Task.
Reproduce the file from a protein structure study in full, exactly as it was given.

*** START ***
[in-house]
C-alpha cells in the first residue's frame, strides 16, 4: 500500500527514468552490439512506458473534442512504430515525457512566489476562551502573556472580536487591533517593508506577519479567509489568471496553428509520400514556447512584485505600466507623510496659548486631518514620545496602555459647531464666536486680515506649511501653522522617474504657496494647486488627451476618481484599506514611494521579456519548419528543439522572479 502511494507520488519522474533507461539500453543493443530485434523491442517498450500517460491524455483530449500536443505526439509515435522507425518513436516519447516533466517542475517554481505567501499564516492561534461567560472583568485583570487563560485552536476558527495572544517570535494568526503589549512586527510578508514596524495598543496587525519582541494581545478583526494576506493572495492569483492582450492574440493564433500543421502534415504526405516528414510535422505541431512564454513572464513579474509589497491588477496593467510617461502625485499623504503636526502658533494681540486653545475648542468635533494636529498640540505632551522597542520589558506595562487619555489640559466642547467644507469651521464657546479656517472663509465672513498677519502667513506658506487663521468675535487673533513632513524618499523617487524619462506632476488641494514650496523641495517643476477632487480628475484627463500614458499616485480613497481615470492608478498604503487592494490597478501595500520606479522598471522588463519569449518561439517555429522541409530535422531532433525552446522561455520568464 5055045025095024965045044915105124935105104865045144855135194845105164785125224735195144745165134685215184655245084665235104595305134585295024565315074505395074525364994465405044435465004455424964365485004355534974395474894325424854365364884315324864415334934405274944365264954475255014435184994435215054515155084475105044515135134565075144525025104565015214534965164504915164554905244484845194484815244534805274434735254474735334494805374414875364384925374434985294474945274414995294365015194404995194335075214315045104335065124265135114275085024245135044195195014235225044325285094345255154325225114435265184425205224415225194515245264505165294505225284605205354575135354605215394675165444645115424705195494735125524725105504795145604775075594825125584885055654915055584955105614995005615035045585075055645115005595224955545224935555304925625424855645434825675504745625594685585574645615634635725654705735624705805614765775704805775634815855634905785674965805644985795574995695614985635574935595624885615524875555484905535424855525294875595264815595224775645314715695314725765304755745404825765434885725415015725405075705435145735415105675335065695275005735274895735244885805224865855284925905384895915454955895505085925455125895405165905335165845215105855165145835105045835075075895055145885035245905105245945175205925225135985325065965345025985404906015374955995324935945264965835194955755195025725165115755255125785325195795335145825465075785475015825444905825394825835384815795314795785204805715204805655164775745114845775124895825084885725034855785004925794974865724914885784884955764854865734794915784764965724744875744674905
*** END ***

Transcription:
[in-house]
C-alpha cells in the first residue's frame, strides 16, 4: 500500500527514468552490439512506458473534442512504430515525457512566489476562551502573556472580536487591533517593508506577519479567509489568471496553428509520400514556447512584485505600466507623510496659548486631518514620545496602555459647531464666536486680515506649511501653522522617474504657496494647486488627451476618481484599506514611494521579456519548419528543439522572479 502511494507520488519522474533507461539500453543493443530485434523491442517498450500517460491524455483530449500536443505526439509515435522507425518513436516519447516533466517542475517554481505567501499564516492561534461567560472583568485583570487563560485552536476558527495572544517570535494568526503589549512586527510578508514596524495598543496587525519582541494581545478583526494576506493572495492569483492582450492574440493564433500543421502534415504526405516528414510535422505541431512564454513572464513579474509589497491588477496593467510617461502625485499623504503636526502658533494681540486653545475648542468635533494636529498640540505632551522597542520589558506595562487619555489640559466642547467644507469651521464657546479656517472663509465672513498677519502667513506658506487663521468675535487673533513632513524618499523617487524619462506632476488641494514650496523641495517643476477632487480628475484627463500614458499616485480613497481615470492608478498604503487592494490597478501595500520606479522598471522588463519569449518561439517555429522541409530535422531532433525552446522561455520568464 5055045025095024965045044915105124935105104865045144855135194845105164785125224735195144745165134685215184655245084665235104595305134585295024565315074505395074525364994465405044435465004455424964365485004355534974395474894325424854365364884315324864415334934405274944365264954475255014435184994435215054515155084475105044515135134565075144525025104565015214534965164504915164554905244484845194484815244534805274434735254474735334494805374414875364384925374434985294474945274414995294365015194404995194335075214315045104335065124265135114275085024245135044195195014235225044325285094345255154325225114435265184425205224415225194515245264505165294505225284605205354575135354605215394675165444645115424705195494735125524725105504795145604775075594825125584885055654915055584955105614995005615035045585075055645115005595224955545224935555304925625424855645434825675504745625594685585574645615634635725654705735624705805614765775704805775634815855634905785674965805644985795574995695614985635574935595624885615524875555484905535424855525294875595264815595224775645314715695314725765304755745404825765434885725415015725405075705435145735415105675335065695275005735274895735244885805224865855284925905384895915454955895505085925455125895405165905335165845215105855165145835105045835075075895055145885035245905105245945175205925225135985325065965345025985404906015374955995324935945264965835194955755195025725165115755255125785325195795335145825465075785475015825444905825394825835384815795314795785204805715204805655164775745114845775124895825084885725034855785004925794974865724914885784884955764854865734794915784764965724744875744674905